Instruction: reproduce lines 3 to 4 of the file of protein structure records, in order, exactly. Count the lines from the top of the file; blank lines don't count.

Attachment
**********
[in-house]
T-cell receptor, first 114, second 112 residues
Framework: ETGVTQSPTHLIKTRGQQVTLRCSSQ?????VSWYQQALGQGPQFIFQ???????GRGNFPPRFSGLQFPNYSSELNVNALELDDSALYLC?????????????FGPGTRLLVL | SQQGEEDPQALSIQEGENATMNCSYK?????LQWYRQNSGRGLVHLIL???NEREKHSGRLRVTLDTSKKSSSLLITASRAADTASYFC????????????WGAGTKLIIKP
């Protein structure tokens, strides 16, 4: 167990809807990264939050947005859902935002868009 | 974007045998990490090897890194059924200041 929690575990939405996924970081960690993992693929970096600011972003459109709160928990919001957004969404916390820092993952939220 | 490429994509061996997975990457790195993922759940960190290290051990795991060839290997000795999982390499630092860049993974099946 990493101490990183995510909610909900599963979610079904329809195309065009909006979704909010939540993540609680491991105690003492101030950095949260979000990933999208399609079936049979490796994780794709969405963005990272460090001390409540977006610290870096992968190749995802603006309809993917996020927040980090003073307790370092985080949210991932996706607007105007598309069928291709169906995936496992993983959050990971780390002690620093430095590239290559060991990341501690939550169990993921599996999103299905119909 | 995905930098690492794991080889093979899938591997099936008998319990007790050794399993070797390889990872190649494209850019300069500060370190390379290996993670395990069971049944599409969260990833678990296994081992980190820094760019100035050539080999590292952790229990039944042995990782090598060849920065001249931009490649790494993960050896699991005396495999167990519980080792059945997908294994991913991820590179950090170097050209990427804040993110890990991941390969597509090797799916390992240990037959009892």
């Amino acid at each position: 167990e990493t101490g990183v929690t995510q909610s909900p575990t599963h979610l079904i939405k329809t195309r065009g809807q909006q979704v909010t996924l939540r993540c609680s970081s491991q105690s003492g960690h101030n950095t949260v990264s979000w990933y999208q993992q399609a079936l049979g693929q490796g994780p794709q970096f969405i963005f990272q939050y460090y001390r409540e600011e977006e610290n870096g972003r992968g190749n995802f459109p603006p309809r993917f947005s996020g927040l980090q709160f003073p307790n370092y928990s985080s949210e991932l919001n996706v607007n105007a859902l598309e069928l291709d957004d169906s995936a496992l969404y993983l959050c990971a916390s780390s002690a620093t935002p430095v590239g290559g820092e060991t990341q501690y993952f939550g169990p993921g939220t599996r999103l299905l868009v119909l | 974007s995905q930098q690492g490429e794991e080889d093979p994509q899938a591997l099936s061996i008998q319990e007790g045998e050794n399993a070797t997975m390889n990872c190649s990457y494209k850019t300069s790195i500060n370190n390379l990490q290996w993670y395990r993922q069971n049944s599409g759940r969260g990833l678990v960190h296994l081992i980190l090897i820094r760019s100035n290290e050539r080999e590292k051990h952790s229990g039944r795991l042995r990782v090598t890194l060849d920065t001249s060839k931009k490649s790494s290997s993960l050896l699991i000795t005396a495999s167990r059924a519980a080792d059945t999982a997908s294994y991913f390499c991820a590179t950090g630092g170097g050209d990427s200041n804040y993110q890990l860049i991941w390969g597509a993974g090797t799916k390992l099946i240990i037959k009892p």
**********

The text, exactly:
Framework: ETGVTQSPTHLIKTRGQQVTLRCSSQ?????VSWYQQALGQGPQFIFQ???????GRGNFPPRFSGLQFPNYSSELNVNALELDDSALYLC?????????????FGPGTRLLVL | SQQGEEDPQALSIQEGENATMNCSYK?????LQWYRQNSGRGLVHLIL???NEREKHSGRLRVTLDTSKKSSSLLITASRAADTASYFC????????????WGAGTKLIIKP
């Protein structure tokens, strides 16, 4: 167990809807990264939050947005859902935002868009 | 974007045998990490090897890194059924200041 929690575990939405996924970081960690993992693929970096600011972003459109709160928990919001957004969404916390820092993952939220 | 490429994509061996997975990457790195993922759940960190290290051990795991060839290997000795999982390499630092860049993974099946 990493101490990183995510909610909900599963979610079904329809195309065009909006979704909010939540993540609680491991105690003492101030950095949260979000990933999208399609079936049979490796994780794709969405963005990272460090001390409540977006610290870096992968190749995802603006309809993917996020927040980090003073307790370092985080949210991932996706607007105007598309069928291709169906995936496992993983959050990971780390002690620093430095590239290559060991990341501690939550169990993921599996999103299905119909 | 995905930098690492794991080889093979899938591997099936008998319990007790050794399993070797390889990872190649494209850019300069500060370190390379290996993670395990069971049944599409969260990833678990296994081992980190820094760019100035050539080999590292952790229990039944042995990782090598060849920065001249931009490649790494993960050896699991005396495999167990519980080792059945997908294994991913991820590179950090170097050209990427804040993110890990991941390969597509090797799916390992240990037959009892």